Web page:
Kirkwood Neighbors’ Organization plans to take on more projects in ‘15
By Jill Nolin, contributor
The Kirkwood Neighbors’ Organization will start off the new year with stronger financial footing than in years past.
The group finished 2014 with about $48,000 in the bank, leaving it with about $6,000 more than the year prior. That’s a significant improvement from two years ago, when the organization had about $30,000 to its name.
“The good news is we’re right under $50,000, which is pretty healthy financial status for us,” said Geoff Mueller, who oversaw his first meeting as KNO president on Saturday, Jan. 10.
The KNO will vote on a new budget at its next meeting on Feb. 10. What that budget will fund, including any new projects, will be discussed at that meeting. Those details were not disclosed Saturday.
“We’re still developing the budget and we’re evaluating some of that and getting alignment from necessary parties, but for the most part, we’re doing everything like we have in prior years,” Mueller told Decaturish after the meeting.
Mueller noted that, as a nonprofit, the KNO is required to keep its spending proportional its revenues.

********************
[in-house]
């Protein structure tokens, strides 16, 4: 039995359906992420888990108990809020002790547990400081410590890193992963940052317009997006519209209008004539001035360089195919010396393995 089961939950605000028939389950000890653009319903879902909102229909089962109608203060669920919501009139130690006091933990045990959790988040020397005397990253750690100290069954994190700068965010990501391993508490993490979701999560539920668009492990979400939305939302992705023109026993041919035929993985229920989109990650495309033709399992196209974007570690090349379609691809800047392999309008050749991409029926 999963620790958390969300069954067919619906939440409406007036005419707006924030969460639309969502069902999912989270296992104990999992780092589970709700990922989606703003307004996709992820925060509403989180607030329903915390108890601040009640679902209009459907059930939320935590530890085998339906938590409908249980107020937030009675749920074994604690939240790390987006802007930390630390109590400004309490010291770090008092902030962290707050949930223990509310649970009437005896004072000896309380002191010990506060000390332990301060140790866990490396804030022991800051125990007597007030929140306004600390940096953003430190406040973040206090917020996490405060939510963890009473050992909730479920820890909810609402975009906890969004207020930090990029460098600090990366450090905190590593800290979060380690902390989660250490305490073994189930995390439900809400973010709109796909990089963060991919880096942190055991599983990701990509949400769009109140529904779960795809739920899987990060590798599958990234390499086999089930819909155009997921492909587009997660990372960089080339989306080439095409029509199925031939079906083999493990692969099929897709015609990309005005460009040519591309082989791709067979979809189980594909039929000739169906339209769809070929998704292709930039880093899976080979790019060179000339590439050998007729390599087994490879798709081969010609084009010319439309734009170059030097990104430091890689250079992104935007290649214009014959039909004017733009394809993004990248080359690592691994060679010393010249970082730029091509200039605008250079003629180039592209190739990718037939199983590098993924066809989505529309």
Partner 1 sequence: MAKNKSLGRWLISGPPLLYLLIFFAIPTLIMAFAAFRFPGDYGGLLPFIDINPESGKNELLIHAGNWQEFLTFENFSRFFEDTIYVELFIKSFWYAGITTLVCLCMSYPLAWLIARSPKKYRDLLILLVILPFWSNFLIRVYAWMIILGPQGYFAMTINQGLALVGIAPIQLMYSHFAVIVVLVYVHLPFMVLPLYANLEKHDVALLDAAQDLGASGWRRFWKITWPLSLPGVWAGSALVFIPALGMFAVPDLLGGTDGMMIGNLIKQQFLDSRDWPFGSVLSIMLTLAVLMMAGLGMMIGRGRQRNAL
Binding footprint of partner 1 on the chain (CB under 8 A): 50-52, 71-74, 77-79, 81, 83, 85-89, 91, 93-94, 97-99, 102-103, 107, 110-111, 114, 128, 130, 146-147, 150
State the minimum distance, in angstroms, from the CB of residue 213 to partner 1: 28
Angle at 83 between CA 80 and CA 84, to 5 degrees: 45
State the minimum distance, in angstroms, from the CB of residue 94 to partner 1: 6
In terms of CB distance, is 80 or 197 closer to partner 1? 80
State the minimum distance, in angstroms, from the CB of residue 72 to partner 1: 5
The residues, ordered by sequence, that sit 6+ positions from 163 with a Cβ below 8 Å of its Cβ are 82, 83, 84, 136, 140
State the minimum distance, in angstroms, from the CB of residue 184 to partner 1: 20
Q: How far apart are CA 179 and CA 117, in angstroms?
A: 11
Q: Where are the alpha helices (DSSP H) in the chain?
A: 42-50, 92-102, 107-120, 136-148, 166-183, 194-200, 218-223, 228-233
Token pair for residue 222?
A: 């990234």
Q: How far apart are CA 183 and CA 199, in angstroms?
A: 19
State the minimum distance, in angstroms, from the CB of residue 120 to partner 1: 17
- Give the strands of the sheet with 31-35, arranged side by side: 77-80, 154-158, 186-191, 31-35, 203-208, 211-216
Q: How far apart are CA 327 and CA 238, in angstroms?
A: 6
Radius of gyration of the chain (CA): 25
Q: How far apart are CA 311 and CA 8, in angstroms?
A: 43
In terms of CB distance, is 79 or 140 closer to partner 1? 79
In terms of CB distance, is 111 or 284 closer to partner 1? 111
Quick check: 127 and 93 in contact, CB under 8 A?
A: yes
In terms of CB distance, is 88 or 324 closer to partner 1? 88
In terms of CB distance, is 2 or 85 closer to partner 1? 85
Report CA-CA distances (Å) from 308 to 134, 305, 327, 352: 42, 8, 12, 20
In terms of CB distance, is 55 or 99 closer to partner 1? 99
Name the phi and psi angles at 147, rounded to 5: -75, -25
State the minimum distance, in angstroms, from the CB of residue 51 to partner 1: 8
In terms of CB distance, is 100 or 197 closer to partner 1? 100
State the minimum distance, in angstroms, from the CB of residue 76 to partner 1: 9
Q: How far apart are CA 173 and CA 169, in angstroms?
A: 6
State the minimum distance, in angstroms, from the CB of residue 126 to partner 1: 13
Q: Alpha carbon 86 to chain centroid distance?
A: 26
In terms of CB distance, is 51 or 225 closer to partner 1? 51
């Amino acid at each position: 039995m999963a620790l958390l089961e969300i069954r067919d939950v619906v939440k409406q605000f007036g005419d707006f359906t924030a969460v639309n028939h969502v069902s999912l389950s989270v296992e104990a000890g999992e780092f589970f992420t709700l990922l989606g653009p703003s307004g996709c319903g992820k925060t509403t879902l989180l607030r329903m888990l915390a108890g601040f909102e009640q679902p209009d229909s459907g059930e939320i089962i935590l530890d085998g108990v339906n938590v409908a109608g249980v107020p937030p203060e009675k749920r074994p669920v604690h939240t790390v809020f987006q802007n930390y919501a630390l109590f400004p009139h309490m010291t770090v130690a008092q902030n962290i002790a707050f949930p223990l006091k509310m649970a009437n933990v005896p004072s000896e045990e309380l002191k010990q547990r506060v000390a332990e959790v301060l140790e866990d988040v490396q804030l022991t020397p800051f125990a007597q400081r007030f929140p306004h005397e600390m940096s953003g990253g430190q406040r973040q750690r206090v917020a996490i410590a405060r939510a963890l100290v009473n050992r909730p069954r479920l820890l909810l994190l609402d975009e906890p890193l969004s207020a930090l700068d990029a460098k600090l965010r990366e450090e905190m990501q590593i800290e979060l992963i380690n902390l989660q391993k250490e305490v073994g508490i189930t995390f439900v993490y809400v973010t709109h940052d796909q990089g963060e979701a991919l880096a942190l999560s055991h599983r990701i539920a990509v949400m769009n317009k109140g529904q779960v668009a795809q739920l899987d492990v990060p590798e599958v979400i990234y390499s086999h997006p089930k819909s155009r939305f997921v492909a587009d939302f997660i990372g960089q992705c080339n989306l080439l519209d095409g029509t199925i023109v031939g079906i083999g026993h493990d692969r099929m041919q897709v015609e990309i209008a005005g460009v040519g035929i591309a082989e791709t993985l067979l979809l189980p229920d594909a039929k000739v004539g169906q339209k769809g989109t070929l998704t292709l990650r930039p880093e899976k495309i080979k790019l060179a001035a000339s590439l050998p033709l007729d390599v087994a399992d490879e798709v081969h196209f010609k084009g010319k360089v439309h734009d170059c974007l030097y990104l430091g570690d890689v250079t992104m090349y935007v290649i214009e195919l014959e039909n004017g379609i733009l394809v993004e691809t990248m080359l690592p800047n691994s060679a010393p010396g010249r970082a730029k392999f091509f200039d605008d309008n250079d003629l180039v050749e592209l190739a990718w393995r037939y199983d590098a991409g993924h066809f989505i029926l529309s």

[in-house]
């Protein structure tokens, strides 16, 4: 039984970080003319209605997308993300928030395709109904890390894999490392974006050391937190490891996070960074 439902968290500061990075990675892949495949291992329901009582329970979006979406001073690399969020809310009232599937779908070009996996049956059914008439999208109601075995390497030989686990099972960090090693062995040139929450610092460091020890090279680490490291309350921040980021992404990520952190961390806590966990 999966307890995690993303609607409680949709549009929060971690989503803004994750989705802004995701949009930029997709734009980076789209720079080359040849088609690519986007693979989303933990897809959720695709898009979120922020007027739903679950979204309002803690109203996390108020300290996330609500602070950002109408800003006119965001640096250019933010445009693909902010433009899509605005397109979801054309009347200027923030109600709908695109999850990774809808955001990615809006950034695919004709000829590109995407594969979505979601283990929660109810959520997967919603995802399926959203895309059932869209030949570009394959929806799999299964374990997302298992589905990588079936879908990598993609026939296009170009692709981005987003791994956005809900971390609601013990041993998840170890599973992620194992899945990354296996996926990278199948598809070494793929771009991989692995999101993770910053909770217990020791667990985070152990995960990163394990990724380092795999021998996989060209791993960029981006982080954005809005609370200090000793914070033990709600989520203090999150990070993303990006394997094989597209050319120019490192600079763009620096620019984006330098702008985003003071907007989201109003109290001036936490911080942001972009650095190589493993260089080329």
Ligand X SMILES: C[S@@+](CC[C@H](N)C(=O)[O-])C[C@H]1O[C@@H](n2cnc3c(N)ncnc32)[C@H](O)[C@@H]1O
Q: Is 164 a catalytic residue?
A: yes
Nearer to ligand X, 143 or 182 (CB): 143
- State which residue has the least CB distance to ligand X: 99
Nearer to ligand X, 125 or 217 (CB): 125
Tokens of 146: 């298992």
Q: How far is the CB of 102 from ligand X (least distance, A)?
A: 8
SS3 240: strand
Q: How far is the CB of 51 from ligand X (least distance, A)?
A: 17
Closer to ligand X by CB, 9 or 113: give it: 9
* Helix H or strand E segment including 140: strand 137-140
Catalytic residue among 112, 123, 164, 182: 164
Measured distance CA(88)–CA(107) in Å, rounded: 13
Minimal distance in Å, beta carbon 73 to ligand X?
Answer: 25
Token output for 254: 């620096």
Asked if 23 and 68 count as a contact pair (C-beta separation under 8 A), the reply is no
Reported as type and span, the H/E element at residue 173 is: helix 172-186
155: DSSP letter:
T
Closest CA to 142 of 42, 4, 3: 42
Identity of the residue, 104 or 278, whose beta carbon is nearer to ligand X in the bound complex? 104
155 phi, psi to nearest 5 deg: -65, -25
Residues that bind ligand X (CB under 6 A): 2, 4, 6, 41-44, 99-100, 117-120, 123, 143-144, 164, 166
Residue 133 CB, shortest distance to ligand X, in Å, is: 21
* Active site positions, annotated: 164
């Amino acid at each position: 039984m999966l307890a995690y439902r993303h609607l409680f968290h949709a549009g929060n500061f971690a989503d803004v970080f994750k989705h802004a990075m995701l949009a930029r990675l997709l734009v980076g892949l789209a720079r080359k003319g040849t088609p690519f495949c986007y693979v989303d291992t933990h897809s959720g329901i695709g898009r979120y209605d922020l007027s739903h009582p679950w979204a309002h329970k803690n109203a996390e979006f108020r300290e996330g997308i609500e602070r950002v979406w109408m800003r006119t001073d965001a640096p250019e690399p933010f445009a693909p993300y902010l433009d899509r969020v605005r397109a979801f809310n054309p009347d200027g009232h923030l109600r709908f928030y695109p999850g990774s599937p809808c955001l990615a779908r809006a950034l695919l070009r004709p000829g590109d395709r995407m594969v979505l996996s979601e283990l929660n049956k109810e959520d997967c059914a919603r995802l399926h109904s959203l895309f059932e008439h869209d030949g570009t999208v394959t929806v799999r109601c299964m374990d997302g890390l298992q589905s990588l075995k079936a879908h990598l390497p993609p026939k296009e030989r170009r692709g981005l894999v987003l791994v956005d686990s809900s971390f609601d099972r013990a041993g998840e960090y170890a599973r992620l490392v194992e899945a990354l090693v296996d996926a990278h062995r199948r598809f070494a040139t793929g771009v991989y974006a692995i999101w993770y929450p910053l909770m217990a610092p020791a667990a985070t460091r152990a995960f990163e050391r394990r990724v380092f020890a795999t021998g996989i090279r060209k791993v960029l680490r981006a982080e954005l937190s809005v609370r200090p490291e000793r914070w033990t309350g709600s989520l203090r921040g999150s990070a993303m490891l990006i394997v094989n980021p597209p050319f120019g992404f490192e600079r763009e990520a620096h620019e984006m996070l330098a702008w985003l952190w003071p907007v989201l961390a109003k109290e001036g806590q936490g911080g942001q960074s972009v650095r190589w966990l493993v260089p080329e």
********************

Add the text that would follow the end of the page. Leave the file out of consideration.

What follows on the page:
“This is another reason why we will be investing in more projects this year now that our cash reserves are higher,” he wrote in an email exchange.
The KNO hopes to fund four major events this year to boost community involvement. That, of course, includes its headliner, the Spring Fling, which usually costs about $30,000. The group also wants to bring back a once popular picnic event. The budget usually provides funding for parks and recreation and several nonprofit and school groups.
Additionally, the group is trying to find room in the budget for other projects this year, like repairing murals that have water damage. Last year, it helped the business association renovate the central island downtown and put in new bike racks.
Another key goal for this year is about helping residents with their own budgets, though. The KNO will work to raise awareness among residents about discount programs that exist to help lower the cost of home ownership as property valuations increase, Mueller said.
“We know our neighborhood values are going up. We want to make sure we’re informing current residents on the things that they can do to offset that,” he said. “The goal there is to really maintain a healthy and balanced, diverse neighborhood. We don’t want to see it stray too far socio-economic wise, especially as a lot of the really new houses are coming in in the $400,000-plus range.”
Mueller was elected president in November. At that same meeting, Benno Rothschild was tapped as vice president, Odell Horne as secretary and Justin Andrews as treasurer.